Ushahidi also known as “testimony,” in Swahili, is a global not-for-profit technology company that develops integrated tools and services for people to generate solutions and mobilize communities to create positive change.

Founded in 2008 to monitor and map post-election violence in Kenya, Ushahidi collects, manages, and visualizes data by SMS, email, web, social platforms, and more. This is aimed at strengthening communities and improving lives, empowering users to rapidly and purposefully gather, analyze, respond, and act on data and information.

Its open-source platform, currently available in more than 160 countries and over 40 languages has since its formation been used by millions of people to raise voices, inform decisions, stop suffering, and influence change through activities such as tracking cases of violence, giving voice to victims of sexual-related violence and domestic abuse, natural disasters or the spreading of infections, to building networks of mutual aid and available jobs.

According to Juliana Rotich, a co-founder and former Executive Director, “Ushahidi has been replicated in many different contexts, from geolocation of victims after the Haitian earthquakes to the coordination of demonstrations during the Arab Spring, and reporting of violence committed in Syria”. She also credits its success to the fact that is easy to use and requires no special competencies. It allows verification of testimonies, is accessible in remote areas with low connectivity, is available to various people through a simple mobile phone, and is economically supported through a mix of international foundations while running as a business.

Ushahidi and the SDGs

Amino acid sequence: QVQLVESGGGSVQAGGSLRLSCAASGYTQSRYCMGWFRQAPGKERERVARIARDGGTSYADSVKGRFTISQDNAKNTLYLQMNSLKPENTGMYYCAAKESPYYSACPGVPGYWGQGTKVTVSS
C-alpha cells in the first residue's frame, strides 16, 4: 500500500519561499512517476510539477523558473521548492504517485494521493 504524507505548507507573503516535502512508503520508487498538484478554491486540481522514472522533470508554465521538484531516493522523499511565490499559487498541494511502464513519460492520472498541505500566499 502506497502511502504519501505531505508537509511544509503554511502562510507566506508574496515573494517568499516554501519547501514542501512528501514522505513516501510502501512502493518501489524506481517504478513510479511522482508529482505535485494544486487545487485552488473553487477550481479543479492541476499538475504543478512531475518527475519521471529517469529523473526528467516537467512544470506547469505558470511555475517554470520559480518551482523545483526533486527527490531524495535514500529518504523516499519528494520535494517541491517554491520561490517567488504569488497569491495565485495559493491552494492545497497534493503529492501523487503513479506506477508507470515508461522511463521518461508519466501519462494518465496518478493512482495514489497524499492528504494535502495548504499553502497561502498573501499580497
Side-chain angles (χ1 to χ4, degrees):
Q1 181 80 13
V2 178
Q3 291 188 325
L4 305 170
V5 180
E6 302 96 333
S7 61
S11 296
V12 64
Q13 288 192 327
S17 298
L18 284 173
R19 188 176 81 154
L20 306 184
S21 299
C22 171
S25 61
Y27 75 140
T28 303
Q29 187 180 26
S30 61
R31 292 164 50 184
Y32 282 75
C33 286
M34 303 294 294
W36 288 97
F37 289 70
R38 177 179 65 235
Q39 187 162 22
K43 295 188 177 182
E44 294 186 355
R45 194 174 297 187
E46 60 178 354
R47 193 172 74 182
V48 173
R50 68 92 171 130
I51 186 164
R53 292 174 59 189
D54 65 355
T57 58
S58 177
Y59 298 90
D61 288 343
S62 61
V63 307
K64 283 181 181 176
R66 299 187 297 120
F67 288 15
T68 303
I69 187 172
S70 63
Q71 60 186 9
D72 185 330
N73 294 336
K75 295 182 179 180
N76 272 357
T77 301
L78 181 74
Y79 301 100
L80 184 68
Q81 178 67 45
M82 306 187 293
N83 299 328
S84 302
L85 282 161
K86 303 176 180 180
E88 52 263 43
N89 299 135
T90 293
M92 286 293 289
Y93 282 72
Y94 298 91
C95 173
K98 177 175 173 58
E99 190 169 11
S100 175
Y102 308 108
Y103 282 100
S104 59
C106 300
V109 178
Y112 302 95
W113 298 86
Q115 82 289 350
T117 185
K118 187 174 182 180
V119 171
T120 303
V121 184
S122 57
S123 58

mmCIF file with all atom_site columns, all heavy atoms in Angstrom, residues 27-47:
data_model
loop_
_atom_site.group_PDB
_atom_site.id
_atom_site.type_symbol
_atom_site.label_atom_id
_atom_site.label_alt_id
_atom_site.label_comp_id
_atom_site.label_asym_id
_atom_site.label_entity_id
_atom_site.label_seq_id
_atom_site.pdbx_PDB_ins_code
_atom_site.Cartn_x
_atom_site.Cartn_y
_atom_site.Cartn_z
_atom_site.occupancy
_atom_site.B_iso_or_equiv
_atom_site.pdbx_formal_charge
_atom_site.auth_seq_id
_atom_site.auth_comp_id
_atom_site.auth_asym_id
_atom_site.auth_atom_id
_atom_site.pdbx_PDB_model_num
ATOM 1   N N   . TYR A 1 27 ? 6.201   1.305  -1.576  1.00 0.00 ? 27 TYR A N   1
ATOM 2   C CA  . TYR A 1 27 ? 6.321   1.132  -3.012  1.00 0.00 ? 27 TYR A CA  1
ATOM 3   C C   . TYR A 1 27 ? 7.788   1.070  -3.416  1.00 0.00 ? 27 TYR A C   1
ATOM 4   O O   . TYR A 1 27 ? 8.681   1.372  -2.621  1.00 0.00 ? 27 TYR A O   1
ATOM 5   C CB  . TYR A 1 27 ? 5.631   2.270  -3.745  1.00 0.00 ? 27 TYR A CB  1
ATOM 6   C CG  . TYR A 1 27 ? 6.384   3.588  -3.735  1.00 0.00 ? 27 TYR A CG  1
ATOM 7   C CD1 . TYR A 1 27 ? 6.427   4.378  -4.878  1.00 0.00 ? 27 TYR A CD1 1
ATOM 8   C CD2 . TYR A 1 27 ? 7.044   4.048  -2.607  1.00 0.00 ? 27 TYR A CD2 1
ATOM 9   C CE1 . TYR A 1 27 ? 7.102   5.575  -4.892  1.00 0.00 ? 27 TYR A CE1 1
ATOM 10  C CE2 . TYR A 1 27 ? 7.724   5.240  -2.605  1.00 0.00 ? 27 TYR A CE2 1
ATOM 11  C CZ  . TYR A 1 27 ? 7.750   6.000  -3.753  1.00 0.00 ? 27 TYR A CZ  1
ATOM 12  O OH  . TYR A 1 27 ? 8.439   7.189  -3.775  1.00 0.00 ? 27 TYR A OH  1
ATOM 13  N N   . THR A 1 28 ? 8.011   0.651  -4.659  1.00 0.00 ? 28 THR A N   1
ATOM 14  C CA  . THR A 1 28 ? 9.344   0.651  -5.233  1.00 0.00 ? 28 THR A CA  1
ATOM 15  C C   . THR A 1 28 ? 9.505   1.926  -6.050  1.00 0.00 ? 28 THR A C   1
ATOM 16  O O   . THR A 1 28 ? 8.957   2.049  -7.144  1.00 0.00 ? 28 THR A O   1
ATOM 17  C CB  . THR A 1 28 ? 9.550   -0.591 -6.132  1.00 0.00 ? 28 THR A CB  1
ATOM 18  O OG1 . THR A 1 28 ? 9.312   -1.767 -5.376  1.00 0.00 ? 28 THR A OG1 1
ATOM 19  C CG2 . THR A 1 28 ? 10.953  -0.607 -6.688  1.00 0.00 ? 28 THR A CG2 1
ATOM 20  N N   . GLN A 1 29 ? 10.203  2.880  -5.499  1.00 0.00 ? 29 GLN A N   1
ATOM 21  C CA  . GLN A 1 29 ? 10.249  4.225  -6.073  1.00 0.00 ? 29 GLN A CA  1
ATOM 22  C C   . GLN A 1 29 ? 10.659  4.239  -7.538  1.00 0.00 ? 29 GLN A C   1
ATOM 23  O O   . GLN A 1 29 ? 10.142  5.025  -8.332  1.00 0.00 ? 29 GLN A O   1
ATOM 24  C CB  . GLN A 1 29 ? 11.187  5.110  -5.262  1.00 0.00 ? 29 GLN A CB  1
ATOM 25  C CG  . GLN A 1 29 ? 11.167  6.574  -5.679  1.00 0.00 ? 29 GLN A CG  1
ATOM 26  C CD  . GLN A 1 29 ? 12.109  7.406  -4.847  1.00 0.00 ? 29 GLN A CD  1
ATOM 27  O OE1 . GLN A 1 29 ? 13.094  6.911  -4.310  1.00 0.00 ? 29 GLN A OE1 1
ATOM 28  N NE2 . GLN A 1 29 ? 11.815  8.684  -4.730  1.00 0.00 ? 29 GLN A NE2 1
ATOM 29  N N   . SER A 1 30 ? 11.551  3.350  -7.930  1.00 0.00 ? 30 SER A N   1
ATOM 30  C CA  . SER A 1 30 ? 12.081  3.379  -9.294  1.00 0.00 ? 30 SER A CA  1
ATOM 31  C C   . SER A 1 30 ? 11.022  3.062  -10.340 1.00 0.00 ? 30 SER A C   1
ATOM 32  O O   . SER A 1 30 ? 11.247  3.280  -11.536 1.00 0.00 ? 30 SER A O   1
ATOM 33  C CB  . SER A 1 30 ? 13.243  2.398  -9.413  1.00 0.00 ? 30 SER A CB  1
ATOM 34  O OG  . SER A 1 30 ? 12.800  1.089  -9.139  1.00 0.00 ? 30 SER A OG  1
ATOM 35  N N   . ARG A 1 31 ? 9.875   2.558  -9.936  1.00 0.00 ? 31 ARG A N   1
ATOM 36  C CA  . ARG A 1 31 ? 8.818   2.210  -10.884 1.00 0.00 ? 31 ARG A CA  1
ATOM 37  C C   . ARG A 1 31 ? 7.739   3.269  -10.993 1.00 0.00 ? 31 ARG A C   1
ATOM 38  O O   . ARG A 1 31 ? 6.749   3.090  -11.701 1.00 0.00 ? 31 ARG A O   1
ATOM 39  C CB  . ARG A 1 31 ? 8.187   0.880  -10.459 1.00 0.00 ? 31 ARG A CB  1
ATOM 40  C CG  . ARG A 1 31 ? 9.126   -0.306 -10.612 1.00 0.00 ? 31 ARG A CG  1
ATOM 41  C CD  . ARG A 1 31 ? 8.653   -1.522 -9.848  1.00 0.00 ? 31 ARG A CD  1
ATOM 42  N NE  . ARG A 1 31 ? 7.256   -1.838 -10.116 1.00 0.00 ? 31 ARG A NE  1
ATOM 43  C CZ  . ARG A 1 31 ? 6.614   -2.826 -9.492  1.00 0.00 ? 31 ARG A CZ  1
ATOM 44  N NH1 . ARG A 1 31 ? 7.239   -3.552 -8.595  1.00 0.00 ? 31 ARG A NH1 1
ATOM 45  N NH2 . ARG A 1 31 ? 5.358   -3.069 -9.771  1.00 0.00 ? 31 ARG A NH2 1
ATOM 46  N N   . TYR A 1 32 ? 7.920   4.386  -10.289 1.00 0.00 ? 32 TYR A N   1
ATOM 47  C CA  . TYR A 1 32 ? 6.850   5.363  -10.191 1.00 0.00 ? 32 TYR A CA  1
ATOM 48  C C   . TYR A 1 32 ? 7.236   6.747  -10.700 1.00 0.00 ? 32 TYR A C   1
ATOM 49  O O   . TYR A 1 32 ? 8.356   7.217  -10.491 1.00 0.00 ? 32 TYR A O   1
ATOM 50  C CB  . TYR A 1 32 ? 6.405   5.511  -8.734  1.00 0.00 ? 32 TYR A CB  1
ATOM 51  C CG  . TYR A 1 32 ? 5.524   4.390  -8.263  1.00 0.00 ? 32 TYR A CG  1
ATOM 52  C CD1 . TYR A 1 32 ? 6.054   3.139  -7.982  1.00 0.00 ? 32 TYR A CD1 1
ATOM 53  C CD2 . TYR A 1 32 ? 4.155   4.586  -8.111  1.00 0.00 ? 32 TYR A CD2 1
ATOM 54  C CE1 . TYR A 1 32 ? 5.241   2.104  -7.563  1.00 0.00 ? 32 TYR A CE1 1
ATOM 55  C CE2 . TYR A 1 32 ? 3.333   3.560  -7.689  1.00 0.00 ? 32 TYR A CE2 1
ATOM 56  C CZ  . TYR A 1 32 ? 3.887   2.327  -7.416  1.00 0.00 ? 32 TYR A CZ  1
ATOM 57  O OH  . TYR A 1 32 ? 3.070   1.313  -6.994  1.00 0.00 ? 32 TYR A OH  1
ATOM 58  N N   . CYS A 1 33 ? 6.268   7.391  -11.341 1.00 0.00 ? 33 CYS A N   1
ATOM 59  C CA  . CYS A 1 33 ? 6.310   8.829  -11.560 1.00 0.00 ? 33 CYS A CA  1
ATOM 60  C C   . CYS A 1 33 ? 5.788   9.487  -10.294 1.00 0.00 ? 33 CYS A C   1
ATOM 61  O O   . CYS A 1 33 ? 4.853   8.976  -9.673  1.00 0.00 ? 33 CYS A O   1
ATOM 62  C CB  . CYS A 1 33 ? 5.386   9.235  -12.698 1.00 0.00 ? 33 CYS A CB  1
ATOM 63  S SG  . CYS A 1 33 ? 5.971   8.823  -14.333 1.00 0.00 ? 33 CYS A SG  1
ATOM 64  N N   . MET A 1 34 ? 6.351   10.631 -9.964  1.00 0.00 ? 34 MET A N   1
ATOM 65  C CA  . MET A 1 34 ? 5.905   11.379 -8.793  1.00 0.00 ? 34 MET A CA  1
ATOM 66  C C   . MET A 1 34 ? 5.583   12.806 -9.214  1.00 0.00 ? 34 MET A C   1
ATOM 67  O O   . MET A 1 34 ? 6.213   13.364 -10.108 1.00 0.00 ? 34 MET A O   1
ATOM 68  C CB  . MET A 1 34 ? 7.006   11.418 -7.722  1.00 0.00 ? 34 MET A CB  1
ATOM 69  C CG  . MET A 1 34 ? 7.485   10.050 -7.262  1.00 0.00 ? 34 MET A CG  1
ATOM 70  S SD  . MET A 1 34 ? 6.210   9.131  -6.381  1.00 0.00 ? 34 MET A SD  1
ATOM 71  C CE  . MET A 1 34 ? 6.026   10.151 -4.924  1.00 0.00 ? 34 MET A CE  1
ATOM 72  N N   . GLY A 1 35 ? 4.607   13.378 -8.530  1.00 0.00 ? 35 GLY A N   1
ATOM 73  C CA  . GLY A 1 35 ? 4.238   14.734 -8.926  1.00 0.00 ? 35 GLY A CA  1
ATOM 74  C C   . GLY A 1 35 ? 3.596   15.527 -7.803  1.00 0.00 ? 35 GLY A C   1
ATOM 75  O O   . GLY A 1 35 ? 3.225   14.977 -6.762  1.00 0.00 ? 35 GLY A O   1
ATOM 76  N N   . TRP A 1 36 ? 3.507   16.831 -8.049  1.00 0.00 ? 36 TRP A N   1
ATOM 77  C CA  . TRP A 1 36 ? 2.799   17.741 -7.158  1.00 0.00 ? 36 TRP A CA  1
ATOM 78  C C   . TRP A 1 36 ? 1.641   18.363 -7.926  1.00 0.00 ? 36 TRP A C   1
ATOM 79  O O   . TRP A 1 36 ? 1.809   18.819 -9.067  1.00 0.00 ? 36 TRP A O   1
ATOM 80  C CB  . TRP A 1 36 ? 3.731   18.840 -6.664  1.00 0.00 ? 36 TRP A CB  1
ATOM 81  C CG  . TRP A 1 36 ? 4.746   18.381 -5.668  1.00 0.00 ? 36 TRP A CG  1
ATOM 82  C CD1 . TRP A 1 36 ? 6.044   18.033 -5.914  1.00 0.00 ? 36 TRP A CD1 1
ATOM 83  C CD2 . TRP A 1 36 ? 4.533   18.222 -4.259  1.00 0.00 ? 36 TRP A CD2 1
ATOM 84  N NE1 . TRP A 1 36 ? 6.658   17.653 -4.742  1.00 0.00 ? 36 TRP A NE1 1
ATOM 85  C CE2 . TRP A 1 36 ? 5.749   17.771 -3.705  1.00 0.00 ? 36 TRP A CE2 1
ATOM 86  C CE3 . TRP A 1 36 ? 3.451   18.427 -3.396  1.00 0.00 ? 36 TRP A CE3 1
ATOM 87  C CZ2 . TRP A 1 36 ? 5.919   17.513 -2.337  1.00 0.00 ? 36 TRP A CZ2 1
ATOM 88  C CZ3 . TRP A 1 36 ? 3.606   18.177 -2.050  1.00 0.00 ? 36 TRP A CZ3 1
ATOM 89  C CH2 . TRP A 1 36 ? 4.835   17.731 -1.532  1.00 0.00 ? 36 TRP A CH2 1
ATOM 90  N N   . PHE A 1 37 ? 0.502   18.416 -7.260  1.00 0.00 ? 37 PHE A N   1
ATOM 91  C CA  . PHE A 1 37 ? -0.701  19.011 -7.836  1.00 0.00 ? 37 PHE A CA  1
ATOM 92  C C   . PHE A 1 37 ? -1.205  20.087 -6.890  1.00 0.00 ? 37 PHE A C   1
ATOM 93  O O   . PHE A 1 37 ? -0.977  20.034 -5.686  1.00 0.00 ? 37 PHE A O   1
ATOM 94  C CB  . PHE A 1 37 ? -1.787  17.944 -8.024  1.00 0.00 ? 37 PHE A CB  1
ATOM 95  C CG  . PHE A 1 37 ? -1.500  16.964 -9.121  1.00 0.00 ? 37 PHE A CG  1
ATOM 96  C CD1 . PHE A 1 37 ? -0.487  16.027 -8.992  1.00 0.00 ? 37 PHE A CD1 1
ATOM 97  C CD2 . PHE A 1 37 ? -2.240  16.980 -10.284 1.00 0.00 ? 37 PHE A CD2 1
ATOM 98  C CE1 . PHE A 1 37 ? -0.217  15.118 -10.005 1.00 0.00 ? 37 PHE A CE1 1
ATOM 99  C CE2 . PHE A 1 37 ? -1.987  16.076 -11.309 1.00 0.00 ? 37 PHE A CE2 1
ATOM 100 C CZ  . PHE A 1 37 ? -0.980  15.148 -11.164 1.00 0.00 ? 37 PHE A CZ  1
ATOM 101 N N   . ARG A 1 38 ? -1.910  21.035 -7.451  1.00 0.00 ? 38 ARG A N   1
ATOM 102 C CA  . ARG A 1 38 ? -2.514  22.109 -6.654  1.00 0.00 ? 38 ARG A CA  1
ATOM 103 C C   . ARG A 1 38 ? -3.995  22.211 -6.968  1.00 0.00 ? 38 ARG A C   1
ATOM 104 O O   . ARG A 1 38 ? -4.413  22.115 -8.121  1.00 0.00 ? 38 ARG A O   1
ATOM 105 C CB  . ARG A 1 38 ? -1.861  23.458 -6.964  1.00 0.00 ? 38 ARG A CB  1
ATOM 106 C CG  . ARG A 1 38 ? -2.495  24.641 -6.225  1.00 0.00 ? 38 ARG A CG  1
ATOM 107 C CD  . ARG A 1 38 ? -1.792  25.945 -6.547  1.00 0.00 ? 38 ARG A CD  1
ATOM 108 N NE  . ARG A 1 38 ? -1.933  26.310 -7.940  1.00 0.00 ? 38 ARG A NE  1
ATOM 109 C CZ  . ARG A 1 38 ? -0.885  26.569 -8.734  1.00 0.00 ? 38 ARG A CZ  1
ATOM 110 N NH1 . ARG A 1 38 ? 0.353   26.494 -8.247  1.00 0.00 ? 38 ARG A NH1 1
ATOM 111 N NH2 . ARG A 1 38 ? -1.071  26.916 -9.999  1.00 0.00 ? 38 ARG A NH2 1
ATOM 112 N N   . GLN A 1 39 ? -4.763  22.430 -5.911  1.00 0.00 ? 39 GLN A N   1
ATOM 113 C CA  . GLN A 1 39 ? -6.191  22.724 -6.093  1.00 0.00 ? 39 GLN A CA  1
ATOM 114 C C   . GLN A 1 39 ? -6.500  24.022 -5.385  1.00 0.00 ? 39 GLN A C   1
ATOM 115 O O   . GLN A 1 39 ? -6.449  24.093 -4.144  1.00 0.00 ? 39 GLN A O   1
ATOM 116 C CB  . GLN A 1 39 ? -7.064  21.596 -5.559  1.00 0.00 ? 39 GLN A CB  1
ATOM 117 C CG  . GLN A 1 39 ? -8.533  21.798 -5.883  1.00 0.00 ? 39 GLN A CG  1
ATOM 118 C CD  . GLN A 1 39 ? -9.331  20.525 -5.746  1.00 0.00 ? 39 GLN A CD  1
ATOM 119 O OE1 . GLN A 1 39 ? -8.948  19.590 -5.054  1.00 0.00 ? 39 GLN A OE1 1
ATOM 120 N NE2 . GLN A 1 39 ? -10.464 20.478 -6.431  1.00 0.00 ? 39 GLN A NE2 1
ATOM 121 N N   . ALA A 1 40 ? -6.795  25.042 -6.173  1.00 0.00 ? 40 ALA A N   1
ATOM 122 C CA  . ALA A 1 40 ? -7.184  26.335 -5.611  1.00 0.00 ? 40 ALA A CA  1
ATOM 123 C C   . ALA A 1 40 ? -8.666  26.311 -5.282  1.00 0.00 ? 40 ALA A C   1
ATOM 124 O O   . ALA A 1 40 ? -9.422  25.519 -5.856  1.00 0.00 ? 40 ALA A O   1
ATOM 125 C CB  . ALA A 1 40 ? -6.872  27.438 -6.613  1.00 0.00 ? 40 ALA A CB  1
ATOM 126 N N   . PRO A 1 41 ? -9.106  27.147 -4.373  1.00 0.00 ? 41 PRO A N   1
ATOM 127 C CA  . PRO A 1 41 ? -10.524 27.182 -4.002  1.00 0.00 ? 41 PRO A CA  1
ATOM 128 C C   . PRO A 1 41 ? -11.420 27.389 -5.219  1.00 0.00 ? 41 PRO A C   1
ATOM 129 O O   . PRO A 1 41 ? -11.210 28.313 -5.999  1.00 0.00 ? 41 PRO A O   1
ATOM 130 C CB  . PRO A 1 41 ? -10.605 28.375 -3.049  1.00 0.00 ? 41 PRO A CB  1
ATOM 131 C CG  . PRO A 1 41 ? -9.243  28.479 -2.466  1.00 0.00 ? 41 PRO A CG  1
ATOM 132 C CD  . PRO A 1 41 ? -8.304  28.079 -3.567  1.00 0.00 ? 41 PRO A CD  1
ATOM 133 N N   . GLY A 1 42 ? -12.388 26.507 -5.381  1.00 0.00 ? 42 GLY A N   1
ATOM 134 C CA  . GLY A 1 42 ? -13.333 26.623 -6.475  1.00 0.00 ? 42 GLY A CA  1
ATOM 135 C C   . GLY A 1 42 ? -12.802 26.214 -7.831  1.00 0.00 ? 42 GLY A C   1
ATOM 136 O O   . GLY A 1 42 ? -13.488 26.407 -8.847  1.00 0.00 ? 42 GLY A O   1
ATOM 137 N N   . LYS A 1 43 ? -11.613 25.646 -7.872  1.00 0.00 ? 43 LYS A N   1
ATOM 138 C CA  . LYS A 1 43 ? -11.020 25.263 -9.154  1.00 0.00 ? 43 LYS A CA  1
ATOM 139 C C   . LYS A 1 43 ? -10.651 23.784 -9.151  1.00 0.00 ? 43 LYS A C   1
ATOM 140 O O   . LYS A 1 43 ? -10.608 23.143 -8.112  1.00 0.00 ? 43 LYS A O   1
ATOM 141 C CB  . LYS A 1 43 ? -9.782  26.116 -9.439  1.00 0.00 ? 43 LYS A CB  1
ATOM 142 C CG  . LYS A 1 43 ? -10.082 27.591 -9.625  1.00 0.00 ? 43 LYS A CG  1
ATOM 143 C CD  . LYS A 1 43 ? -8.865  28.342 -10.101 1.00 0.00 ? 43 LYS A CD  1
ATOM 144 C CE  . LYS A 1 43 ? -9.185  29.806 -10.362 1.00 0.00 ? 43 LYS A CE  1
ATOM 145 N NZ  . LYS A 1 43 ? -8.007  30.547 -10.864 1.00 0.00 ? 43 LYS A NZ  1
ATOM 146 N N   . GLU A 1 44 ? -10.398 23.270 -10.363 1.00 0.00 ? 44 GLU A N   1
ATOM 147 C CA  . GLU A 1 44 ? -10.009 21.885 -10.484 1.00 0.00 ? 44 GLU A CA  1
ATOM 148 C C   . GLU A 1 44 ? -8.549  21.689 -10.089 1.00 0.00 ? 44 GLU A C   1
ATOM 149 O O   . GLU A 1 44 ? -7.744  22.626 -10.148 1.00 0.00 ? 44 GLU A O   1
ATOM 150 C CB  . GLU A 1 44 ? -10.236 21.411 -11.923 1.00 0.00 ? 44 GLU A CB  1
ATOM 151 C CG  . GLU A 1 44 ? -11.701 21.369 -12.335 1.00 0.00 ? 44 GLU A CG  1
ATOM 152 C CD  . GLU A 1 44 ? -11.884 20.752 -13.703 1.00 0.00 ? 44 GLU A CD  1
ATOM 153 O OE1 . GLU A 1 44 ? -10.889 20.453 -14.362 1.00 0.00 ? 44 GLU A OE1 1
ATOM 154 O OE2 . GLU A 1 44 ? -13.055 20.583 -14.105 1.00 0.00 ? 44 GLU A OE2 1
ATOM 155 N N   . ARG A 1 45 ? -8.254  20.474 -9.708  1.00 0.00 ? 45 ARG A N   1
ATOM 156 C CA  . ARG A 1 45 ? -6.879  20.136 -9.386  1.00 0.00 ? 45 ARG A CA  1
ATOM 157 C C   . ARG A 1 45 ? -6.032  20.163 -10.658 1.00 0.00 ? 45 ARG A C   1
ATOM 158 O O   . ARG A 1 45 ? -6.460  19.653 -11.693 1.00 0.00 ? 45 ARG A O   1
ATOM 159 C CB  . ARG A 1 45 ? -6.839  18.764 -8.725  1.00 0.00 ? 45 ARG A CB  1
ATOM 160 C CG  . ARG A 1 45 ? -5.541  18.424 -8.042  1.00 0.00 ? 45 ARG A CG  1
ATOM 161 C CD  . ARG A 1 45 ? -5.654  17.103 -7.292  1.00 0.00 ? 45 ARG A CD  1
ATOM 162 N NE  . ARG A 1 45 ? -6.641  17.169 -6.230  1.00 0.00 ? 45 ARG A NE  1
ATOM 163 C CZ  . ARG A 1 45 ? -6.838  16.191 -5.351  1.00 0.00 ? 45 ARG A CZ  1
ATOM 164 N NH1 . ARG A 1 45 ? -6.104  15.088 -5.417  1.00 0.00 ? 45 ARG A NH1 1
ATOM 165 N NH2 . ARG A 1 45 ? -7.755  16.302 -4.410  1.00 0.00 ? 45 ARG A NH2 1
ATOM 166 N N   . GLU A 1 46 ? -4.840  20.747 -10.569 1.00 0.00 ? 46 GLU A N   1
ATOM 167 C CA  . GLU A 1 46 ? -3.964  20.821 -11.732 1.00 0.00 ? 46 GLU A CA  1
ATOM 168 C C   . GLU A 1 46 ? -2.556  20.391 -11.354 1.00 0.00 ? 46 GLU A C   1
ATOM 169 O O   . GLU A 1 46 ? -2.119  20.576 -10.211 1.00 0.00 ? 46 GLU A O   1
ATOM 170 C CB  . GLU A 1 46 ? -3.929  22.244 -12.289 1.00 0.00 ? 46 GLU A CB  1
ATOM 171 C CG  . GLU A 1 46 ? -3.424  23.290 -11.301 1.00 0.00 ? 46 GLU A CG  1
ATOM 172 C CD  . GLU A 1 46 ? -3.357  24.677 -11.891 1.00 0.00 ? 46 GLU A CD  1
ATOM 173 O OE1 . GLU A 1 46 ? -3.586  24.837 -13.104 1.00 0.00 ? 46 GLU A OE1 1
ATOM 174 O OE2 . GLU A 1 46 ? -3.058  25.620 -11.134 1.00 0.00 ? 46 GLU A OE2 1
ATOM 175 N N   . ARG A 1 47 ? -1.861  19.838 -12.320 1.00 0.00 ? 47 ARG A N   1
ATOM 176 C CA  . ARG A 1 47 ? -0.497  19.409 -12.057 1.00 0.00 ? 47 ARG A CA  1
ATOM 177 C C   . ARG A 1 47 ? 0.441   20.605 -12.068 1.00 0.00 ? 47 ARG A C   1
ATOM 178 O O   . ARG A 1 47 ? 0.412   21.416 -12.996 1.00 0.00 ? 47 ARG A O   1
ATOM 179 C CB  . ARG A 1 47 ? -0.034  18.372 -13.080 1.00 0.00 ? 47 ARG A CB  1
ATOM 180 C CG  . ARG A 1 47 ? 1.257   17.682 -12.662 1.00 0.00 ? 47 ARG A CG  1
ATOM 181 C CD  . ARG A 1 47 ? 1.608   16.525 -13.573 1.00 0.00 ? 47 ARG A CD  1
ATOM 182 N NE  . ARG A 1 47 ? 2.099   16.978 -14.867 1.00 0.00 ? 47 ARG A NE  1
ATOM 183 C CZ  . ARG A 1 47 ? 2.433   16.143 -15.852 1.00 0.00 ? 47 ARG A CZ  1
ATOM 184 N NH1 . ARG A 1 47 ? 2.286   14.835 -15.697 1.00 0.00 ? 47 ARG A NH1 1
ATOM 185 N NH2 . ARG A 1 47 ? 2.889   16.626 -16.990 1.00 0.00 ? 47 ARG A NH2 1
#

As a social justice entity that fosters citizen engagement for the greater good, Ushahidi is making extensive strides in the realization of the 2030 Agenda. Some of the social, political and public challenges that it has helped address include:

  • Relief efforts following earthquakes in Haiti and Nepal 
  • Supporting Covid-19 response and recovery worldwide
  • Ensuring fair elections in the US, Kenya and Nigeria
  • Monitoring and reporting corruption in Indonesia
  • Helping women address sexual violence in Egypt

All this is made possible through open data which can help achieve the SDGs by providing critical information on natural resources, government operations, public services, and population demographics.

The World Bank reports that open data has the potential to be a universal resource to help achieve and measure the SDGs and platforms like Ushahidi are making their mark in accelerating progress and helping to make the SDGs possible. 

Two of Ushahidi’s projects – Uchaguzi and the Tana River Project – have been nominated for the 2024 World Summit on the Information Society (WSIS) prizes, indicating the relevance of the platform and the key role it continues to play in facilitating innovations and digital transformations that advance the realization of the SDGs.